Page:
My guy too is in a brick and mortar store and is the son of the original owner.

 

At some point, it seems you either take the plunge with this sort of thing, no? 

 

Thats pretty good for cut make and trim on a two-piece, if he owns the place himself its probably do-able.  Make sure to ask for whatever handwork you want specifically buttonholes.

post #14 of 32
Quote:
Originally Posted by Victor Elfo View Post

He could just be the store front or style consultant, as the Rubinaccis, and the service would still possibly be bespoke. He could also be just the cutter and still the garments could possibly be bespoke.

As I understand the work, something is bespoke if it you have a large part in the designing process (fabric and any other details), if you have fittings and if you have a pattern made exclusively for you. MTM will, usually, limit your part on the designing process, give you two fitting at best and will adapt existing patterns for your measurements. I'm, probably, excluding some important aspects, but that should give you a general concept of what is bespoken.

Generally yes but It all depends on the individuals definition of bespoke these days I think, you may as well just say custom made (I don't because being English, we don't use the term custom made, its just cultural for me, like saying lift instead of elevator) . Unfortunately describing something as bespoke does not guarantee a high end product, its not like saying 22 carat gold. I think tailoring is just like a lot of other professions though, sure there are lawyers but they are not all of the same ability. I think when people think of tailors on SF they often tend to think that they can do anything if so inclined, that they are all possessing the same skill sets and that if the client can just coax or manage them correctly they can do anything. This is of course not the case.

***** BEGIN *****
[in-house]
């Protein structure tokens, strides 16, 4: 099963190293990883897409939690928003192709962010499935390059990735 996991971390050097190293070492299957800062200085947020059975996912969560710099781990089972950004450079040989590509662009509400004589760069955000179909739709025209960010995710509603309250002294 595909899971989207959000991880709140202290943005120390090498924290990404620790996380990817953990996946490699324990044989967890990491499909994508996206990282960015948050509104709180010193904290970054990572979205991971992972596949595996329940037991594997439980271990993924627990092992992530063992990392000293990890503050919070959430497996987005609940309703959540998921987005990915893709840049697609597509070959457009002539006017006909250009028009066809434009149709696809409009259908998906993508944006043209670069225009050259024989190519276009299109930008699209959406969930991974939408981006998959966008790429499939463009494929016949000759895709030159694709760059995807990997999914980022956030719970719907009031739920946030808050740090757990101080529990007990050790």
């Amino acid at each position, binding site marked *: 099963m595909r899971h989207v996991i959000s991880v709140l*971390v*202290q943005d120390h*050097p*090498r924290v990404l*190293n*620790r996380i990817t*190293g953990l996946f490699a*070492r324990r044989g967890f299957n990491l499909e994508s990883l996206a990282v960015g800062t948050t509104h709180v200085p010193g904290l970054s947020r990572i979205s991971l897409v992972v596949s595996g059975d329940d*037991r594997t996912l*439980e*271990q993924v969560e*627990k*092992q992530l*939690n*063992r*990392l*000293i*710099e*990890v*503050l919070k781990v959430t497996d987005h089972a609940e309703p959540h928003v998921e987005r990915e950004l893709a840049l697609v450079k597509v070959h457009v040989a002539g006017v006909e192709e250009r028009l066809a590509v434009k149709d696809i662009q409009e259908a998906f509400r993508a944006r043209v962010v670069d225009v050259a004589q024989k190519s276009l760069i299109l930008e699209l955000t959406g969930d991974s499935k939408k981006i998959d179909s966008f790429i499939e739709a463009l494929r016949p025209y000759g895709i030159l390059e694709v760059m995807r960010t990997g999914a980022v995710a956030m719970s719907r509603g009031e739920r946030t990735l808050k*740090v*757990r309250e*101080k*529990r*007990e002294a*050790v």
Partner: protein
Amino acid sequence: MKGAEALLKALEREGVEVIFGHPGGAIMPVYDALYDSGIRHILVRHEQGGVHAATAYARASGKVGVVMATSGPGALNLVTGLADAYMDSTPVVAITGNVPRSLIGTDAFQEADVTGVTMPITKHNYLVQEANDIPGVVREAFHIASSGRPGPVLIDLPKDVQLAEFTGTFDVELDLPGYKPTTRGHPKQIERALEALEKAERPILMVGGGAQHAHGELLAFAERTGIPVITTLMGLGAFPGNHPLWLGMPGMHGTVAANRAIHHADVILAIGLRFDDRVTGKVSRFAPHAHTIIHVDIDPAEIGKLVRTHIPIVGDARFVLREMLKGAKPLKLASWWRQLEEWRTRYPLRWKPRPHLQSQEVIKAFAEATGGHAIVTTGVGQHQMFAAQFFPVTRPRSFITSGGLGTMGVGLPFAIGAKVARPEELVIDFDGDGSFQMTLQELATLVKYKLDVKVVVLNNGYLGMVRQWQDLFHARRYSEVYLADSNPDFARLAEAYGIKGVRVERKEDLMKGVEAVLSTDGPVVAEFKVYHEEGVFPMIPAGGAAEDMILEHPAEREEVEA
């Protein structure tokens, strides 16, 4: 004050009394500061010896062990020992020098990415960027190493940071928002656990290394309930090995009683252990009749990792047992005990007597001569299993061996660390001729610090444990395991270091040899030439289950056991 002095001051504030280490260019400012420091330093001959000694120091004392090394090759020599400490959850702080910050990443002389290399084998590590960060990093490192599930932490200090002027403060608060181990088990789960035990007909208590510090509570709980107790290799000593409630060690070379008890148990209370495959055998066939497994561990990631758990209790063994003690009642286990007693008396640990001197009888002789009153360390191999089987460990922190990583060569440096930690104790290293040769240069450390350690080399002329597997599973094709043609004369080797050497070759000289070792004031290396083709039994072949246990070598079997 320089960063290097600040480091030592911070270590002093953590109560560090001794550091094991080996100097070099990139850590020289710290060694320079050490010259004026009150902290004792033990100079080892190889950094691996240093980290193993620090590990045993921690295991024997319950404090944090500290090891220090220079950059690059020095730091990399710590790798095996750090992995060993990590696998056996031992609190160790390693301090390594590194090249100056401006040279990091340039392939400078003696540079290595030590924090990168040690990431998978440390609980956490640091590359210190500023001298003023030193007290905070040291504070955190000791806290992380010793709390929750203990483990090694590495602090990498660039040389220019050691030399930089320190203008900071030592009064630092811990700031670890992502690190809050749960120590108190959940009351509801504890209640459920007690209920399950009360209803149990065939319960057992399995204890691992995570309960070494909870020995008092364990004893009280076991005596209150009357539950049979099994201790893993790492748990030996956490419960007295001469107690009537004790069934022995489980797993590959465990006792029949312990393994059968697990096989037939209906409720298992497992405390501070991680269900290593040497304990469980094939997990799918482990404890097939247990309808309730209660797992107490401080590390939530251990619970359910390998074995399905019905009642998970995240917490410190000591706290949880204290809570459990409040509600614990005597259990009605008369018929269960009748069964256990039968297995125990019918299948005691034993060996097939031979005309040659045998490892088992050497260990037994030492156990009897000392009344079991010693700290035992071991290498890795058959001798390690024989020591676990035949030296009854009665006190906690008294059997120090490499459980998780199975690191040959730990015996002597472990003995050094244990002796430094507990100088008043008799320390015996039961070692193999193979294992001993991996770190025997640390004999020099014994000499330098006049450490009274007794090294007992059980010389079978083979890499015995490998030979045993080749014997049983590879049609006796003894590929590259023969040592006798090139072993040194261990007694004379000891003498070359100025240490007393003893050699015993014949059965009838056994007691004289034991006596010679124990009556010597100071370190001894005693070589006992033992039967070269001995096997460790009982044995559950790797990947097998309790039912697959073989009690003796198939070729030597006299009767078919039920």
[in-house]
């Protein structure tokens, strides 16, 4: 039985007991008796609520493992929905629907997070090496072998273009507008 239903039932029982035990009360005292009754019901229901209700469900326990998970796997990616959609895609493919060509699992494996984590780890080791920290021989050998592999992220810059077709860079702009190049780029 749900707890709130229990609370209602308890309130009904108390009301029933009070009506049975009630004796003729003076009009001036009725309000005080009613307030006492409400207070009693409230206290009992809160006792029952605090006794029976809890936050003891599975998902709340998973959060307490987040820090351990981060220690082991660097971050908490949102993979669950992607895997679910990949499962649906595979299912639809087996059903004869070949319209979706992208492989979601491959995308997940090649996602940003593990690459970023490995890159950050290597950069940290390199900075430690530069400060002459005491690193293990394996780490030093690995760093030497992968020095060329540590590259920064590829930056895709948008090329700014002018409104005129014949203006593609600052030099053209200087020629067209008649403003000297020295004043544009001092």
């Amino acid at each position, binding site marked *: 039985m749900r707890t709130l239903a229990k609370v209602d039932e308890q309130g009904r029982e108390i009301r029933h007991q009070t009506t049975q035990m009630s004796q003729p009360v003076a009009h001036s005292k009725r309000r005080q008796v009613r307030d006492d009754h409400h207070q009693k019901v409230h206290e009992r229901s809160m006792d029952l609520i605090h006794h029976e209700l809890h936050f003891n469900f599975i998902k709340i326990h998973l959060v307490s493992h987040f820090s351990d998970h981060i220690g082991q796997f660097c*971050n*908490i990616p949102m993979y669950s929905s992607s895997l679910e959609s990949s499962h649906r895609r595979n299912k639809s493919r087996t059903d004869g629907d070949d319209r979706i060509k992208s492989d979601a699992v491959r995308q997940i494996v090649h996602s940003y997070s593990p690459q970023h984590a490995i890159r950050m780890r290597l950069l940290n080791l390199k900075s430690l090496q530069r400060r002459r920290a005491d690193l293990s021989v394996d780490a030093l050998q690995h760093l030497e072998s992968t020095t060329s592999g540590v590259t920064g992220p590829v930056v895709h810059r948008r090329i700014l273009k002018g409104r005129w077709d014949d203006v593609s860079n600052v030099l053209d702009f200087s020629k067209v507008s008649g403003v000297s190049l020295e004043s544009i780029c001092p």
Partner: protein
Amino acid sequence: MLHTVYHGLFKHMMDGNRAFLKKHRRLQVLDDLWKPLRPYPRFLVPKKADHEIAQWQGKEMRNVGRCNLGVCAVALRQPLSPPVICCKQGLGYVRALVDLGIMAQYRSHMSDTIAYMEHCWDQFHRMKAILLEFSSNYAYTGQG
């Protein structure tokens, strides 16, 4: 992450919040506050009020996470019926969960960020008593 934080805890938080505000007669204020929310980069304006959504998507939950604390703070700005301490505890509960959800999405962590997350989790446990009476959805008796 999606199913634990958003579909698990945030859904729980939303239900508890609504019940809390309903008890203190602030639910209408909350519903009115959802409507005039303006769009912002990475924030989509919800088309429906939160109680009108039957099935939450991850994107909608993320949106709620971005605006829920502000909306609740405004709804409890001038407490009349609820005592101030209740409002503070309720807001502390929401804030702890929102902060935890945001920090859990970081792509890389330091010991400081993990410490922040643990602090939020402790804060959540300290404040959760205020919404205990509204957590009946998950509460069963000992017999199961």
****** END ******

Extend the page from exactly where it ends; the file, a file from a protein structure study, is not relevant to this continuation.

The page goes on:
post #15 of 32
Thread Starter 

So, I met with this guy today. He says he actually does cut the patterns himself, although he has the cutting and sewing done in Chicago. He didn't bring me any examples of his work, although I had asked him to; he's going to come back in a few days. I didn't much like the suit he was wearing.

 

He recommended a higher button stance from the coat I modeled for him; he says that it would deemphasize the bulk of my chest. I thought the opposite was true? He said he would change the taper of the lapel to compensate for the visual flair of the higher button stance. I'm not sure I really comprehend the effect of what he's proposing. He also thought the higher button stance would help the material flow better over my chest by moving the point of closure higher. Does any of this make sense? The guy supposedly has expertise in fitting athletes, but I don't know if they necessarily look good.

 

Here's some of the guy's suits on NFL players:

 

http://www.rookiedraft.com/?p=6002

 

The photos aren't very good, but to my not-very-experienced eye, I merely see suit-like material covering bodies.

 

In the meantime, a local menstore has measured me for a Trands MTM. I can't find any information about them, other than the Buffett connection. The suit would be $975.


Edited by Nathan Parker - 10/3/13 at 9:46pm